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Eleven examples of proposal win themes including the good, the bad, and the exceptional

Plus seven things you can do to write exceptional proposal themes

Proposal theme statements are how you articulate why the customer should select you. They deliver your message, tell your story, and flow through the proposal document. They provide the big picture and define what your proposal means. Themes may be incorporated into headings, tag lines, text boxes, or just be the main point of a paragraph. They are the message and there are many ways to deliver it.

You need to be able to articulate your proposal win themes so that you can build the proposal around them, substantiating the reasons why the customer should select you. Proposal win themes work best when a few themes drive the points you make across the entire proposal. This helps the points you make add up to a message or story that the customer sees substantiated in every section.

Unfortunately, none of that helps you write them, let alone write good ones. A lot of themes end up being claims, descriptions, or beneficial sounding statements that in reality do nothing to differentiate your proposal or help you win. Here are some win theme examples that show what separates good, bad, and exceptional proposal theme statements:

For more information about proposal themes:
  • Examples of Good Proposal Themes. Most proposal win themes articulate the points you want to make about yourself. They are positive and beneficial sounding, but self-descriptive and about you. They tend to sound like something out of a brochure, focused on claims about how wonderful you are. Good proposal themes are based on the hope that the customer will see something they like. A good proposal theme might be "We bring [number] years of experience to this this project," "Our approach mitigates the risks of [insert type of risk here]," "By selecting us, you will receive [insert benefit here]" or claims like "We deliver the best quality."  Statements like these are intended to make you stand out from the pack, but in reality everybody makes claims like these and customers don't really pay much attention to them in a proposal. The problem with themes that are merely good is that being good is not enough to win. Good themes are not competitive. But good themes are better than nothing. At least they show that you aspire to be wonderful, even if they don't prove that you really are.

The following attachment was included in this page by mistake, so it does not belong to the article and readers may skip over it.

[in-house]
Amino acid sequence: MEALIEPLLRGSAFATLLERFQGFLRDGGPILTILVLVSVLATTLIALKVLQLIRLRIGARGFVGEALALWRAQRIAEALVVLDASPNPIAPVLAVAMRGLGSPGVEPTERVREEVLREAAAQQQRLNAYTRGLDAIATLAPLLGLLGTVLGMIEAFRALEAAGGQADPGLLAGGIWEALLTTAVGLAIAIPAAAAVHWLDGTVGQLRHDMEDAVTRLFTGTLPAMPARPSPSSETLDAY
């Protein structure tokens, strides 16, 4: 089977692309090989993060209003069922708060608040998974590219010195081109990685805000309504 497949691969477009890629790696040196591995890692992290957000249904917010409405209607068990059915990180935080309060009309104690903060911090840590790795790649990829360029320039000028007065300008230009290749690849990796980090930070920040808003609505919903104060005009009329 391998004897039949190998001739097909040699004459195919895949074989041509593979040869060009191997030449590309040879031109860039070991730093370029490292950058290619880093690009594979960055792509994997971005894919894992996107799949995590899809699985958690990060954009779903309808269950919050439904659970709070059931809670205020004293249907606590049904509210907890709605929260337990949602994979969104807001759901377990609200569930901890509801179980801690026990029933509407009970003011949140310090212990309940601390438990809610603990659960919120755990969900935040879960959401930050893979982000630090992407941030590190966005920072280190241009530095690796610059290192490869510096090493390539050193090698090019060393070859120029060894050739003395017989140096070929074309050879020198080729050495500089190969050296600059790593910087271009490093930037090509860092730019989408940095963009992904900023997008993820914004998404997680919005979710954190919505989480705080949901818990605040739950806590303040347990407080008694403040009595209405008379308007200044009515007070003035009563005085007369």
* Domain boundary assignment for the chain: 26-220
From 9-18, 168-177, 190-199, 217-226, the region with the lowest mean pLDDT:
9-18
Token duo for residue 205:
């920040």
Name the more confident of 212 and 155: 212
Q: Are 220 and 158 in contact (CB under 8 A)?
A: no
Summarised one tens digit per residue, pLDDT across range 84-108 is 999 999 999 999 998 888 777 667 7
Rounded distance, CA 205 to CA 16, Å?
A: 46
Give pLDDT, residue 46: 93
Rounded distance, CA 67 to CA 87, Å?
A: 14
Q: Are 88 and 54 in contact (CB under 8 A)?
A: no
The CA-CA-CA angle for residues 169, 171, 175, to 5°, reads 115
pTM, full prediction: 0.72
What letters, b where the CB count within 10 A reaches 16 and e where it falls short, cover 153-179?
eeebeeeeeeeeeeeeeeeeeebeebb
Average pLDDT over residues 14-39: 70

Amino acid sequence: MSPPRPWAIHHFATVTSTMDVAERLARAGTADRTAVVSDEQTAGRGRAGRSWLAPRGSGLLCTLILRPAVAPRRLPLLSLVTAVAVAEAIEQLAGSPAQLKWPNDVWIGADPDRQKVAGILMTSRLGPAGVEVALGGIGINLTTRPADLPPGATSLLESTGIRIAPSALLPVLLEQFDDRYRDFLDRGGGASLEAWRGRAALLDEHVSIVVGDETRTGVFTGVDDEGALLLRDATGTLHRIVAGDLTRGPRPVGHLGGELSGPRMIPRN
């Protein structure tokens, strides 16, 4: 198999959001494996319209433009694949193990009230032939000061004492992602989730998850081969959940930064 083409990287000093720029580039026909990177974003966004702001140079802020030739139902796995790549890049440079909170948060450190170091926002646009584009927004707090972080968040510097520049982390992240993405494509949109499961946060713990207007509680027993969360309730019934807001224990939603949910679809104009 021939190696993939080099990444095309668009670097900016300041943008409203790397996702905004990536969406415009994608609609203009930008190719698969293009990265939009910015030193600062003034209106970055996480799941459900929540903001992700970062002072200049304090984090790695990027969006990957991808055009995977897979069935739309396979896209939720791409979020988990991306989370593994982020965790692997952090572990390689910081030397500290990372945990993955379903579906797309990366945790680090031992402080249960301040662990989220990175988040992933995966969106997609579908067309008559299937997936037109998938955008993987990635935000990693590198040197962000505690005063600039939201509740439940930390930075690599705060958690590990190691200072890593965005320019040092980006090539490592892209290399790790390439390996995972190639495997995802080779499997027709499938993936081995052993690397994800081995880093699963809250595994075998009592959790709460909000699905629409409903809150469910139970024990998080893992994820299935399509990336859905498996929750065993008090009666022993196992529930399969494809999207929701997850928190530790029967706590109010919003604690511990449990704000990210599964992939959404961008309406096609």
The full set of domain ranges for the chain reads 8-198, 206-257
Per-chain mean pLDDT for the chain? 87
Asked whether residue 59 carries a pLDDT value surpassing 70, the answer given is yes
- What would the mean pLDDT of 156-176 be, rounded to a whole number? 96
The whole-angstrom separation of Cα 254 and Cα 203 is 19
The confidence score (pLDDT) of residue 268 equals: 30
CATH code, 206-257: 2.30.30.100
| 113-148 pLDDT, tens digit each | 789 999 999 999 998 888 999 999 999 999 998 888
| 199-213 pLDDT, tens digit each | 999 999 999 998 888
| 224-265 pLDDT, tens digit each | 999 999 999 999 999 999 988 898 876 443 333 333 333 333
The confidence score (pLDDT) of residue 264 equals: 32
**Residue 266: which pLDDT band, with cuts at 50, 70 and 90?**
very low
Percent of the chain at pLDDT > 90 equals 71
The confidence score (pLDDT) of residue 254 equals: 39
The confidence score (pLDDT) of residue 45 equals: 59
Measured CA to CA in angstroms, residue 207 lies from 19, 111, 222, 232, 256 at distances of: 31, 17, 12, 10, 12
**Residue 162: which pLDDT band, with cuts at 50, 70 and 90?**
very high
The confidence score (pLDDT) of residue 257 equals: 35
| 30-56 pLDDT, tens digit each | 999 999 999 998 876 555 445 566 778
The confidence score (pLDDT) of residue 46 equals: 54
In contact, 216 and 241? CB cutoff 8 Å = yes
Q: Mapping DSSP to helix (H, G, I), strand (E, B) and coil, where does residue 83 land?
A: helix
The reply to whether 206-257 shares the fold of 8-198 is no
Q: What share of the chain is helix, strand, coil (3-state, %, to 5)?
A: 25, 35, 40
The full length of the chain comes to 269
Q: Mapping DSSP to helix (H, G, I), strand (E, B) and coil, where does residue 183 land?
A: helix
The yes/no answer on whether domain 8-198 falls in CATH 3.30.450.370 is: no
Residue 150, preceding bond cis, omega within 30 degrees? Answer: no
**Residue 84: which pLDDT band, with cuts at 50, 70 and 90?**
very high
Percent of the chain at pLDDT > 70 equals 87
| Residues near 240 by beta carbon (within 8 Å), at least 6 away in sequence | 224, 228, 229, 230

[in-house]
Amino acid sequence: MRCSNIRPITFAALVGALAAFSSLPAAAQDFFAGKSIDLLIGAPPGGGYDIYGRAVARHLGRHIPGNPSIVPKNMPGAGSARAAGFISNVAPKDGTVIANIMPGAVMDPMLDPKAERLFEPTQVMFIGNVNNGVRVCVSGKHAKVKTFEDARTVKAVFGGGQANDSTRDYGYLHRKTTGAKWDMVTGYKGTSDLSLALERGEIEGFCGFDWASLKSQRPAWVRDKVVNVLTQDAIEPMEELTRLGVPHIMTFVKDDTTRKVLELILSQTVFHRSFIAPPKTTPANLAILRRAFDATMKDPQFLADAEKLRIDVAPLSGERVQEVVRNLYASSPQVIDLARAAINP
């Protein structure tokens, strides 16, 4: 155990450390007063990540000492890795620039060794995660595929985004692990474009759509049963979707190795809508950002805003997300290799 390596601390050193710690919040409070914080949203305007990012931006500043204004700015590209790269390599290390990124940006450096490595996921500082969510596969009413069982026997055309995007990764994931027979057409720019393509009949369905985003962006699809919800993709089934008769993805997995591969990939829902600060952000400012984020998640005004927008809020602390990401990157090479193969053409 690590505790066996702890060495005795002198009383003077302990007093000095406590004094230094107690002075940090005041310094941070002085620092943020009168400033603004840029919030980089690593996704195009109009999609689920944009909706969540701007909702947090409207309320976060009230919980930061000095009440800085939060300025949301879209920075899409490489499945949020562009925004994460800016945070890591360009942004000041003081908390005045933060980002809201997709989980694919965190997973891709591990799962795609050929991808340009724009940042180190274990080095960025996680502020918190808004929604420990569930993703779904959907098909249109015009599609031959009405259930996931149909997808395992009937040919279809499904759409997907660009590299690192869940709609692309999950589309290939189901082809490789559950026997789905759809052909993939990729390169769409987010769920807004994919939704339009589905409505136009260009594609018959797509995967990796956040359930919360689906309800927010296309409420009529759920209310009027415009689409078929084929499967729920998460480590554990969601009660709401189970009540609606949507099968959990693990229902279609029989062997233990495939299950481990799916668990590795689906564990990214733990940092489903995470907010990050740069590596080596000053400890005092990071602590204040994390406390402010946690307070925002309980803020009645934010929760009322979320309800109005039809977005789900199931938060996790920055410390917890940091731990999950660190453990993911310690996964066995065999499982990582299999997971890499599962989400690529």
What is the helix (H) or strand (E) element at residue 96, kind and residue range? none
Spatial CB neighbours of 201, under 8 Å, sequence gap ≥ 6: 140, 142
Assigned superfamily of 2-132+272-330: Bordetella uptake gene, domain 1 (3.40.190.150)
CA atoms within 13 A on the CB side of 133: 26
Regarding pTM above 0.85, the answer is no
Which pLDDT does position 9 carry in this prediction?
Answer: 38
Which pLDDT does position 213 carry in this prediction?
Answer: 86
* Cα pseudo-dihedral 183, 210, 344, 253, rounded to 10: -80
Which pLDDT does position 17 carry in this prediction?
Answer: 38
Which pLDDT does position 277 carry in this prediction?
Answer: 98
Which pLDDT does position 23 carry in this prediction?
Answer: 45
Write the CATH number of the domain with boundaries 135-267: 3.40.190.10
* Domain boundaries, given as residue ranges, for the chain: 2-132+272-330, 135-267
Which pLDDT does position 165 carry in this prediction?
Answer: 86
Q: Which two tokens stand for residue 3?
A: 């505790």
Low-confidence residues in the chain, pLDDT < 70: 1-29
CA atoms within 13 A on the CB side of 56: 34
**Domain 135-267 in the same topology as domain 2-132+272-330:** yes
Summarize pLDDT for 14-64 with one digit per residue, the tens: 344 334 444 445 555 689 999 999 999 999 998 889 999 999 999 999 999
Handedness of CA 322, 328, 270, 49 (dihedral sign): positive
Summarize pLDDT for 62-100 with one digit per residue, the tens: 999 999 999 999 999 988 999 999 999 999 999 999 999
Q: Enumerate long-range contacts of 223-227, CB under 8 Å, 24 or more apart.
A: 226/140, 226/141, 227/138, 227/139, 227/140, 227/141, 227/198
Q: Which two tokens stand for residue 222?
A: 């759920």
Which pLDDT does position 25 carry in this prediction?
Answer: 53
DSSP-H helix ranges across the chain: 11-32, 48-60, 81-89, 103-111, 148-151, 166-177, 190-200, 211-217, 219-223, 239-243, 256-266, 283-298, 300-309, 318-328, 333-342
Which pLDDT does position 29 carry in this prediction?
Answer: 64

• Examples of Exceptional Proposal Themes. Exceptional proposal win themes make and prove the points that matter to the customer. Instead of focusing on how wonderful you are, they are written from the customer’s perspective and reflect what the customer needs to conclude in order to reach a decision in your favor. They help the customer to evaluate your proposal. They help the customer see a future they want to be in that needs your help to realize it. They tell the customer what they are going to get and show why selecting you is the customer's best alternative. But most importantly of all, they differentiate. They are the reasons that the customer should accept your proposals, that no one else gives or can give. Great proposal themes might be "We will enable you to overcome the challenge of [identify trade-off] by [insert differentiated approach]," "By [insert what you'll do] we mitigate the risk of [identify risk] in such a way that [insert differentiated outcome]," "By anticipating [insert something insightful] we are able to [prevent|mitigate] [identify problem] resulting in improved [quality|outcome] that delivers [identify benefits]." The effectiveness of your proposal theme statements will directly depend on how much what you say matters to the customer and how well they differentiate your proposal.